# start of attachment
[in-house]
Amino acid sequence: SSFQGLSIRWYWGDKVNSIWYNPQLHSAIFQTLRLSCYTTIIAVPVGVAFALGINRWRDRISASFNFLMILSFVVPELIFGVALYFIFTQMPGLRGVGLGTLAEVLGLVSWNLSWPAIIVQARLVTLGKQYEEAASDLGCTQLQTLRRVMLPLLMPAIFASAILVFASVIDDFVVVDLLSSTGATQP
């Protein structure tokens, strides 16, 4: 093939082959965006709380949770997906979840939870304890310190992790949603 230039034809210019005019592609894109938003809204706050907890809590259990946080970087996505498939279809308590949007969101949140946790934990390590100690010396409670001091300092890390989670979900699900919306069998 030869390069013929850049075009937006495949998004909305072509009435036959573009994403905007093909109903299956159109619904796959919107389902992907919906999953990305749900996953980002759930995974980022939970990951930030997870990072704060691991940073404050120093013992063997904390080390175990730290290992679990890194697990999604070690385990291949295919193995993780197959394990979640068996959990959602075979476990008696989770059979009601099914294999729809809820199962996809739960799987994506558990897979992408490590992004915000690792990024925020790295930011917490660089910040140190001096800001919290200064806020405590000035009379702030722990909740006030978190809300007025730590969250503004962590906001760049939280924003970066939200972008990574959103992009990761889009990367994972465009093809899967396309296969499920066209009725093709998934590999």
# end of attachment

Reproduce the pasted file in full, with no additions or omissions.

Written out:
[in-house]
Amino acid sequence: SSFQGLSIRWYWGDKVNSIWYNPQLHSAIFQTLRLSCYTTIIAVPVGVAFALGINRWRDRISASFNFLMILSFVVPELIFGVALYFIFTQMPGLRGVGLGTLAEVLGLVSWNLSWPAIIVQARLVTLGKQYEEAASDLGCTQLQTLRRVMLPLLMPAIFASAILVFASVIDDFVVVDLLSSTGATQP
């Protein structure tokens, strides 16, 4: 093939082959965006709380949770997906979840939870304890310190992790949603 230039034809210019005019592609894109938003809204706050907890809590259990946080970087996505498939279809308590949007969101949140946790934990390590100690010396409670001091300092890390989670979900699900919306069998 030869390069013929850049075009937006495949998004909305072509009435036959573009994403905007093909109903299956159109619904796959919107389902992907919906999953990305749900996953980002759930995974980022939970990951930030997870990072704060691991940073404050120093013992063997904390080390175990730290290992679990890194697990999604070690385990291949295919193995993780197959394990979640068996959990959602075979476990008696989770059979009601099914294999729809809820199962996809739960799987994506558990897979992408490590992004915000690792990024925020790295930011917490660089910040140190001096800001919290200064806020405590000035009379702030722990909740006030978190809300007025730590969250503004962590906001760049939280924003970066939200972008990574959103992009990761889009990367994972465009093809899967396309296969499920066209009725093709998934590999």